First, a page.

Excellence with labor

In this graduation season, I am aware of those who have shown what to me appears almost unfathomable dedication, sometimes over several years, to complete a degree. Some examples are on my Facebook feed, such as a friend’s wife who, all while being a wife and mother, at last finished her Ph.D. in microbiology. Yesterday I talked with a close friend who earned his RN degree in one year through an accelerated program.  As he described the past year to me, I was in awe of what he had accomplished. He now heads straight into masters and doctoral level work in nursing.

 

Graduation ceremonies have always been moving for me. For some reason whenever I see a processional of students in robes and hear Pomp and Circumstance, whether it is for kindergarteners or doctoral candidates, I find myself tearing up. There is something about a sense of achievement and progress that I find very meaningful. For a moment, upon hearing about my friends graduating and seeing their robed photos on Facebook, I felt wistful, wishing that I had more to show for the work I do every day, throughout the course of which I sometimes ask myself if I am really making a difference.

 

As I hear about these people who have worked so steadily and thoroughly to reach these goals, whether over a long stretch or in a shorter sprint, a question comes up that also arose in my thoughts after I watched the movie Spotlight (winner of this year’s Oscar for Best Picture). I was deeply moved by the relentless efforts of the Boston Globe reporters in the film to research and present an accurate article about a very troubling and important story. And I asked myself: “Am I willing to put that same level of dedication into my work?”

 

Of course I want to say yes with all my heart. The desire is there. But what does it look like to carry it out? And am I willing to do it? In my work as a Christian Science practitioner, it can sometimes feel as if the demands are more abstract and less defined than needing to get a story written for a newspaper deadline, completing research for a published study, or preparing for an exam in a course. But the need is great and deserves to be taken seriously. When someone calls me for help, my work is mainly of a mental nature. But why should I approach it with any less focus and commitment than my friend who is eagerly learning all that he can to be a phenomenal nurse in a hospital?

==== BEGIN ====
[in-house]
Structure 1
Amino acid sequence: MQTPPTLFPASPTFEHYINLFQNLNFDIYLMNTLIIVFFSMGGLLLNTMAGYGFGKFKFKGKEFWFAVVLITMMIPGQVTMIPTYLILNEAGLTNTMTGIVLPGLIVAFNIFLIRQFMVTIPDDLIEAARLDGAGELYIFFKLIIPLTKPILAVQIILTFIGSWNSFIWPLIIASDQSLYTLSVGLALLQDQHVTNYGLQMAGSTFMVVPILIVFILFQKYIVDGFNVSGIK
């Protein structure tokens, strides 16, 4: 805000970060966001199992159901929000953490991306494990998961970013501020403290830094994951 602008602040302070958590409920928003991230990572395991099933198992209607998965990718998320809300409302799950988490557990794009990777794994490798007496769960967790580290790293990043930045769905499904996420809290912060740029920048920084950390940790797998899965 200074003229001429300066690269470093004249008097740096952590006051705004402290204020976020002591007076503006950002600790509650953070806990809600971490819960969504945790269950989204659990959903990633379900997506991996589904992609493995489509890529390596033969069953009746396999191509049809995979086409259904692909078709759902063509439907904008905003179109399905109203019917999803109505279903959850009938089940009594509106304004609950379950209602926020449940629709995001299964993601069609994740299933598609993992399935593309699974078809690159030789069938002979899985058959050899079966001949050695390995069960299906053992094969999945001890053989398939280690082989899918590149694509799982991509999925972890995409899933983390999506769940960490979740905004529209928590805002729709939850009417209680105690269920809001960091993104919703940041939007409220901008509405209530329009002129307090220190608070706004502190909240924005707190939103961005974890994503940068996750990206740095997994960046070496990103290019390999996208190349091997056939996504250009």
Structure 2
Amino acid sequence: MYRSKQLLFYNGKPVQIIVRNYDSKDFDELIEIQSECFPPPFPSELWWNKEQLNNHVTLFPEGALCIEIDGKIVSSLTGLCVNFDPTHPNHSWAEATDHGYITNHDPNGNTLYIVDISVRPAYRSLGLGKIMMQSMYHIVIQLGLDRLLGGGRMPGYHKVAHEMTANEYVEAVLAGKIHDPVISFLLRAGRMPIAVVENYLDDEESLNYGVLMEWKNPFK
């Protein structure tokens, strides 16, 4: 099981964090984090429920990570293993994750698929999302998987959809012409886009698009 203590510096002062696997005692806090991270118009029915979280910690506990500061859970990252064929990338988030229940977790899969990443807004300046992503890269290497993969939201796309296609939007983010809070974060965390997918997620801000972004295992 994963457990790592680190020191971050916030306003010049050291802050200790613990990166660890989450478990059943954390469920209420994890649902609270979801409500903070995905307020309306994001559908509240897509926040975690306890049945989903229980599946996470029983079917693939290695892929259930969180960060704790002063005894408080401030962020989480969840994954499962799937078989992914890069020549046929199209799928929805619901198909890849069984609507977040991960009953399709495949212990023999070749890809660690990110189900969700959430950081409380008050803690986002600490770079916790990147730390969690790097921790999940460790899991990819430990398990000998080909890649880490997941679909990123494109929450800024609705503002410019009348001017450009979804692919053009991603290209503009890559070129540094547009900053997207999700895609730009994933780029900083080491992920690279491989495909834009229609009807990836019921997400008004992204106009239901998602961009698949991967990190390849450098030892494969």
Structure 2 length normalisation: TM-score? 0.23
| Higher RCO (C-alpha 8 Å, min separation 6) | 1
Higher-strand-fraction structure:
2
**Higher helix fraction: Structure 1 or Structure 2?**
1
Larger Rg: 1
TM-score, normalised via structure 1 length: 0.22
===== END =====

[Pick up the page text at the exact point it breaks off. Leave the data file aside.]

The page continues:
As I pondered these questions, I had the thought to look up “no excellence without labor” in a concordance to Mary Baker Eddy’s writings. In Science and Health, she writes, “Christian Science is not an exception to the general rule, that there is no excellence without labor in a direct line.” (p. 457). So why does that labor sometimes feel rather elusive or hard to define? Maybe because it is so vital and yet so foreign to the generally accepted norms for what constitutes productivity. 

 

Very regularly I have to refute (in my own thought) the claim that my work is amorphous and not really accomplishing anything because society doesn’t recognize it as significant or sometimes even those among my own friends and family find it strange. The best way I have found to counter these suggestions is to rededicate myself to the work and ask myself if I am approaching it with as much focus and earnestness as I can and as the people who call me deserve.

 

On a practical level, each Christian Science practitioner might have a different answer for what this “labor in a direct line” looks like. Mrs. Eddy gives some basic guidance on how to meet this demand in Miscellaneous Writings: “There is no excellence without labor; and the time to work, is now. Only by persistent, unremitting, straightforward toil; by turning neither to the right nor to the left, seeking no other pursuit or pleasure than that which cometh from God, can you win and wear the crown of the faithful.” (p. 340).

 

I remember reading the above quote once and feeling it sounded very harsh. But as I consider the experiences of my friends who have put such “persistent, unremitting, straightforward toil” into their academic programs and those I know who are deeply devoted to their careers, I find this to be more of a rousing message than a frightening one.

 

As I have made an effort to approach my work with more discipline, be it by getting up earlier to have sufficient time to pray for myself or declining social invitations in order to focus more fully on the needs of a patient, I have found these choices to bring more freedom than confinement. And perhaps the most encouraging thought in pursuing a greater commitment to our work, whatever type of work it is, comes in the knowledge that we are not alone in our efforts. Philippians 2:12 promises, “God is working in you, giving you the desire and the power to do what pleases him.” (New Living Translation). With the understanding that God is truly doing the work and even giving us the desire to be part of that work, we can all find joy and freedom even in the midst of toil and labor that ultimately does lead to excellence…whether or not we get a diploma or a fancy cap and gown along the way.